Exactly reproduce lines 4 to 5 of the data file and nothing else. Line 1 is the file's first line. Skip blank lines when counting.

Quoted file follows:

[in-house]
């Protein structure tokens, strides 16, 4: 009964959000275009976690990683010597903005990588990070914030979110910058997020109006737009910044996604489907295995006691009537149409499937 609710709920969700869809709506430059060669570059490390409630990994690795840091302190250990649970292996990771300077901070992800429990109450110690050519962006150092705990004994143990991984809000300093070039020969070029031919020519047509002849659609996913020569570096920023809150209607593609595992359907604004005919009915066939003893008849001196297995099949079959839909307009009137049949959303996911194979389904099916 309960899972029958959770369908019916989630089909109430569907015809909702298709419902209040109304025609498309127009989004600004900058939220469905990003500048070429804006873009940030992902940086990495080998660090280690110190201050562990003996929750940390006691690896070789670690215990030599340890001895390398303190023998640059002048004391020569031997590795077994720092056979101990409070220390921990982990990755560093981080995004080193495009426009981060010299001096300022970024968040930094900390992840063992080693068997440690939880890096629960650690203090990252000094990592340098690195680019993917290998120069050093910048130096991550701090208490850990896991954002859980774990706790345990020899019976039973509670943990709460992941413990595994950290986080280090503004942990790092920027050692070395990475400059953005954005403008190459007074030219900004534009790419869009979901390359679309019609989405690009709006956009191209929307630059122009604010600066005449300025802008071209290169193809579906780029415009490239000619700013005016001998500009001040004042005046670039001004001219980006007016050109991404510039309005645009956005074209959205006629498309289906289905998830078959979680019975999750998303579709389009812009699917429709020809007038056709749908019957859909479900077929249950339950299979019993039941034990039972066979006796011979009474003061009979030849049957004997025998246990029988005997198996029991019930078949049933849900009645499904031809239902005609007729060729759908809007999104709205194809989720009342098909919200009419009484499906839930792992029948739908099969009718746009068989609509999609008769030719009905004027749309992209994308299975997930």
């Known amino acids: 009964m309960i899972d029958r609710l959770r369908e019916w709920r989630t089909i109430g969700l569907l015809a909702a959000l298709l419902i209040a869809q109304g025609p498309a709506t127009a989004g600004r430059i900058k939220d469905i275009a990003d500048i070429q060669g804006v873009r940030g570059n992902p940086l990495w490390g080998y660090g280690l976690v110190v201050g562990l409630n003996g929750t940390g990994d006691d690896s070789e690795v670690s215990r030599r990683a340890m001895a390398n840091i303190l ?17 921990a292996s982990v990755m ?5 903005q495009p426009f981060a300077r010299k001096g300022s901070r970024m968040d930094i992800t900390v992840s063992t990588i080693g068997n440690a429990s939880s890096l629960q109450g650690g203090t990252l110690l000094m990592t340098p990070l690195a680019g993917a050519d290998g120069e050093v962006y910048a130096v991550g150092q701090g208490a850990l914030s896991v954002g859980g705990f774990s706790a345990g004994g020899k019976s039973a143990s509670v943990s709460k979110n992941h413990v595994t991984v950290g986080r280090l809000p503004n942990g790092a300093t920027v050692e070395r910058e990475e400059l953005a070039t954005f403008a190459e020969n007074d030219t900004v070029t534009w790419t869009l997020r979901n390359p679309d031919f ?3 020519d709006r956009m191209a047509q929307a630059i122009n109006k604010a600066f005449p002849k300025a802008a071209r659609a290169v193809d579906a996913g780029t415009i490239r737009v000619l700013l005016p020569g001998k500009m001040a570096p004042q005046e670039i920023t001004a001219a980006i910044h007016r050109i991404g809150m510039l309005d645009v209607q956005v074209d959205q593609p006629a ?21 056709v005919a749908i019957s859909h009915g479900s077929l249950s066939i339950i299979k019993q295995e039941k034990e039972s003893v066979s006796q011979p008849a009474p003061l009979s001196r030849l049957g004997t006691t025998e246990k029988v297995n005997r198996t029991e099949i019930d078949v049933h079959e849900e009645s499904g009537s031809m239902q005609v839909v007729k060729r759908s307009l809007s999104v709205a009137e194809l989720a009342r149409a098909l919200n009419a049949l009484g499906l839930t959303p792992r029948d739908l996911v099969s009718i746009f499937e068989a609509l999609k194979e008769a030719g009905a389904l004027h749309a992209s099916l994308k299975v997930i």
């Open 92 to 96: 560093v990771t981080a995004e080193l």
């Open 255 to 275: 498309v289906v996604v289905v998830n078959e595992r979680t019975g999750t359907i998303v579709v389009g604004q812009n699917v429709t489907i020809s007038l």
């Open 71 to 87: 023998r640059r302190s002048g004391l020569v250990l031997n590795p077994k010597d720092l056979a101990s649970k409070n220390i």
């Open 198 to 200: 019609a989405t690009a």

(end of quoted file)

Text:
């Open 92 to 96: 560093v990771t981080a995004e080193l």
């Open 255 to 275: 498309v289906v996604v289905v998830n078959e595992r979680t019975g999750t359907i998303v579709v389009g604004q812009n699917v429709t489907i020809s007038l």